In the year 1885, when I was a schoolboy, we went for our summer holiday to a furnished house between Ventnor and Bonchurch on the Isle of Wight. St Boniface House was modest, possessing one of the most charming small gardens I ever saw.

Ghosts soon declared themselves. The manifestations were pronounced and various. My sisters were visited in the night by a figure walking in their room and, when it came between their beds, they fled shrieking.

A figure passed the housemaids in the corridor, cold hands were laid on hands lying outside the counterpane, bells rang without being pulled.

The village priest came with book and holy water, the spirits were effectually laid and we slept in peace.

Now I have read, in Mrs Stirling’s The Diaries of Dummer (1934), an account of similar manifestations at the same house in 1851. The old house has been pulled down, but I hope its garden still shelters the poor houseless shades that wander by night.

W.S.J.
Country Life, letters page 13th March 1937

ghosts

March 23, 2020

Truly the universe is full of ghosts, not sheeted churchyard spectres, but the inextinguishable elements of individual life, which having once been, can never die, though they blend and change, and change again for ever.

H. Rider Haggard
King Solomon’s Mines

I grew up with a love for the Surrealists which has never faded: in particular, the works of Max Ernst, Yves Tanguy, Hans Bellmer, and Paul Delvaux, along with those adopted by or close to the Surrealists, like Edward Burra, James Ensor, and Frida Kahlo. Graphic artists like Piranesi, Dürer, Escher, Bellmer’s pen-and-ink work, Mervyn Peake, Tenniell, and so on, are influential. As to modern comics and graphic art, I admire David Sandlin, Charles Burns, Kim Dietsch, Julie Doucet, and Chris Ware; from the post-punk comics underground, Burne Hogarth; and more mainstream British children’s comic artists like Ken Reid. I draw myself, pen and ink stuff, often illustrating my own stories.

I was always into everything to do with sf, fantasy, horror (as well as things set under the sea, which, along with dinosaurs, is honorary fantasy). I grew up on children’s sf by people like Douglas Hill and Nicholas Fisk, as well as horror comics, which were, in retrospect, deeply odd and unpleasant. Michael de Larrabeiti’s BORRIBLES books [The Borribles (1976), The Borribles Go For Broke (1981), and Across the Dark Metropolis (1986)] were massively influential. When I was a kid I read pretty much any sf I could get my hands on, so there was a lot of good pulp along with the classics—people like Lloyd Biggle, Jr. and Linsday Gutteridge — and that reveling in genre influenced me a lot. I read a review of Perdido Street Station which said that for a Clarke winner it’s surprisingly unashamed of its roots, which I take as a massive compliment. Overall, though, what I liked best was the aesthetic of alienation, of the macabre and grotesque, so I preferred New Worlds-type stuff to American Golden Age: Aldiss, Harrison, Moorcock, Disch, Ballard, and the like are all heroes of mine.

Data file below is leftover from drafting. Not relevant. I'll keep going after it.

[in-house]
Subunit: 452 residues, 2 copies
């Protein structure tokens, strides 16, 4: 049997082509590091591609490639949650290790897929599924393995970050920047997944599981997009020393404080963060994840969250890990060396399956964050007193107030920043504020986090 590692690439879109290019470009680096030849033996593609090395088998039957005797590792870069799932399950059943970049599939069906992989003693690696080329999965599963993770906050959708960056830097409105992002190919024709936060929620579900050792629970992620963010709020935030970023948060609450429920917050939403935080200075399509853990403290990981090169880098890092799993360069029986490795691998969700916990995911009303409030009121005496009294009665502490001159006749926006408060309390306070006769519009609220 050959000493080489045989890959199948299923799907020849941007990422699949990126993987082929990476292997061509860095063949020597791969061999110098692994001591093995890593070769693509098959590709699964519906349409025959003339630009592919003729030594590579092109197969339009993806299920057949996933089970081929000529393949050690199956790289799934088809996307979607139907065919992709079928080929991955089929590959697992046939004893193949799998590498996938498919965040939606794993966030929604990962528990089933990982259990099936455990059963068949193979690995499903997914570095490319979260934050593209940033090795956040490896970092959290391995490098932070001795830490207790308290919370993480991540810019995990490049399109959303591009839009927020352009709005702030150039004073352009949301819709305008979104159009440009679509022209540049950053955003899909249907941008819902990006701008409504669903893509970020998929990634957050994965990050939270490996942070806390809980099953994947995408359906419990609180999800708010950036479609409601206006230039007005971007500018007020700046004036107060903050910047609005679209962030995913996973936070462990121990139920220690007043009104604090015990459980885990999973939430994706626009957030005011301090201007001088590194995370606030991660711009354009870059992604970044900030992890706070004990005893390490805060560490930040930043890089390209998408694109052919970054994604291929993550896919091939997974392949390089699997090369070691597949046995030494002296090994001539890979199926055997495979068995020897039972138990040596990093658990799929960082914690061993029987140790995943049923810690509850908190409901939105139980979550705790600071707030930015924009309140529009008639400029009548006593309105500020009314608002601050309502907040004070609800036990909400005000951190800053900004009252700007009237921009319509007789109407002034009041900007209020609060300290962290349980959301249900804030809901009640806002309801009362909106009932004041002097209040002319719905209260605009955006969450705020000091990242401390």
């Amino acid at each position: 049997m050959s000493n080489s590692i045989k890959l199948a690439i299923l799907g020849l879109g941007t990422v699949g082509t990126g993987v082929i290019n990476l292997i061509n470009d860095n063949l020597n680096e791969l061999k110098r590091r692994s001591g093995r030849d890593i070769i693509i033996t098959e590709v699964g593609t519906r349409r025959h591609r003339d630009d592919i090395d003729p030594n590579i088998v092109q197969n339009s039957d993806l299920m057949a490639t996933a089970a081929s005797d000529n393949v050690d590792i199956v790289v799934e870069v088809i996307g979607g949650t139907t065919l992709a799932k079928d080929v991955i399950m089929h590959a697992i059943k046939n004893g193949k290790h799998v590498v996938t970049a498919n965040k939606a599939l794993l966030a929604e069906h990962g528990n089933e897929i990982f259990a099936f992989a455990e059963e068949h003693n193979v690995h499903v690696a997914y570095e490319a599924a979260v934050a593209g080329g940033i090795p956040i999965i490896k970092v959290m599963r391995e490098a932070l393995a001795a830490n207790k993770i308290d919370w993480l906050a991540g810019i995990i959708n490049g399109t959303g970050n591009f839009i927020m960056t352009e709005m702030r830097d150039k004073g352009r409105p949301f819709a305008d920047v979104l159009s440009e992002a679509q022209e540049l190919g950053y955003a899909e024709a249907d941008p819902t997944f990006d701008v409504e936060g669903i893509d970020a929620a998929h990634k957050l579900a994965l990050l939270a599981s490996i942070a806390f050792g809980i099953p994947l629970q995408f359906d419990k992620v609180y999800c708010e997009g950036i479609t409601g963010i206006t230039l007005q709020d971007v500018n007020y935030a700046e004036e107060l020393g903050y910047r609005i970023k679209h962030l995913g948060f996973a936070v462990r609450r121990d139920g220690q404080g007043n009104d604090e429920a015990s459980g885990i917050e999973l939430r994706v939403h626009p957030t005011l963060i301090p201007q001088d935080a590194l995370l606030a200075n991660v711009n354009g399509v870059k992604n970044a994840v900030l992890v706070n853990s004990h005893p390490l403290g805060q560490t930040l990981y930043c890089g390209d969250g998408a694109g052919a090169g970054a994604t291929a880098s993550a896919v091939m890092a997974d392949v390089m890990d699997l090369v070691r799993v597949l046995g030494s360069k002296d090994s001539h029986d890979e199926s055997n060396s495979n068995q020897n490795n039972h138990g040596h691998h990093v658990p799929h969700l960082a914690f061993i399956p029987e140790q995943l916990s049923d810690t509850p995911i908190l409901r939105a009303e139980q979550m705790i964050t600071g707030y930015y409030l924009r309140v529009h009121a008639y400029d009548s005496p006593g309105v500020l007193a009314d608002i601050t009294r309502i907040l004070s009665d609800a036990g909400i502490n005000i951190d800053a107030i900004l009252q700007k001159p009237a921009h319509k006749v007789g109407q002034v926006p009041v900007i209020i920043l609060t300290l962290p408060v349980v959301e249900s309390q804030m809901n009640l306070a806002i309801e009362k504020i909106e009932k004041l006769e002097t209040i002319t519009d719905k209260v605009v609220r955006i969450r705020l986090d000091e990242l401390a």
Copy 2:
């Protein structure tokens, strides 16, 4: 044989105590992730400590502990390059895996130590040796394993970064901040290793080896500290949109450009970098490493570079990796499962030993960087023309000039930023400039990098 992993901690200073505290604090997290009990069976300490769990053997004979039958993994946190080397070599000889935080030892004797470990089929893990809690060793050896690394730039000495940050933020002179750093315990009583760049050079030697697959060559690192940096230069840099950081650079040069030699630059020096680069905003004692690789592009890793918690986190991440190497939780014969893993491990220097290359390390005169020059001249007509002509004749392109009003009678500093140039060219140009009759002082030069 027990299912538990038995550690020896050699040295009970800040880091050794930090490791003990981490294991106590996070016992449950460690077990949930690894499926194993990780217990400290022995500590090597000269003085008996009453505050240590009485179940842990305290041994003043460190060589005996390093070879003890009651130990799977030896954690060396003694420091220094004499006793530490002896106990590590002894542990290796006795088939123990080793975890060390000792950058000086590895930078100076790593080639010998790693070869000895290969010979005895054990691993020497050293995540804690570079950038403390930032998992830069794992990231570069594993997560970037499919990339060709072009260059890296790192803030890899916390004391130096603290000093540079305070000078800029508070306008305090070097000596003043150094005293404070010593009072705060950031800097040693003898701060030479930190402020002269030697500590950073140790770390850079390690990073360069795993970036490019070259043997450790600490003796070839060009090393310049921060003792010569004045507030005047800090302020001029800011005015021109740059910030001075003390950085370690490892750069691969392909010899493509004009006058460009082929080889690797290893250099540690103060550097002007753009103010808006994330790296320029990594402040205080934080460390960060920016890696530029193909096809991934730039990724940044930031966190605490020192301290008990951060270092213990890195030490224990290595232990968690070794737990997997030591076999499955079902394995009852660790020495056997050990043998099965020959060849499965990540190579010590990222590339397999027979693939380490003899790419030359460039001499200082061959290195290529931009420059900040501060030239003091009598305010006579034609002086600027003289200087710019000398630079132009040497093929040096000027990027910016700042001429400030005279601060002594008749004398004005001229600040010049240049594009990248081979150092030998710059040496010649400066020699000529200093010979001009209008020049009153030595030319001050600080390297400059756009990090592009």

I still find myself riffing off books from my past constantly, sometimes without remembering what I’m basing my writing on. New Crobuzon [the setting of Perdido Street Station] is highly influenced by Brian Aldiss’s The Malacia Tapestry [1976] and Tim Powers’s Anubis Gates [1983], but they’d permeated me so deeply I was initially less conscious of them than of other influences. The very first (never-ever-to-see-the-light-of-day) New Crobuzon story I wrote was about the invention of photography in a fantasy city—which is precisely the plot of Aldiss’s book. I’d forgotten that I was remembering it. I’m still scared of inadvertently ripping people off.

I always loved classic ghost stories, like Henry James’s and Robert Aikman’s. I liked Lovecraft, and then maybe eight years ago I started getting very interested in early weird fiction: Arthur Machen, Robert Chambers, E.H. Visiak, William Hope Hodgson, Clark Ashton Smith, David Lindsay (though he’s not in quite the same tradition, there are shared aesthetics). There were two things I found particularly compelling about this work. One was the peculiarities of pulp style. If you look at the way critics describe Lovecraft, for example, they often say he’s purple, overwritten, overblown, verbose, but it’s unputdownable. There’s something about that kind of hallucinatorily intense purple prose which completely breaches all rules of “good writing,” but is somehow utterly compulsive and affecting. That pulp aesthetic of language is something very tenuous, which all too easily simply becomes shit, but is fascinating where it works. Though I also love much more minimalist writers, it’s that lush approach that I’m drawn to in terms of my own writing, for good and bad.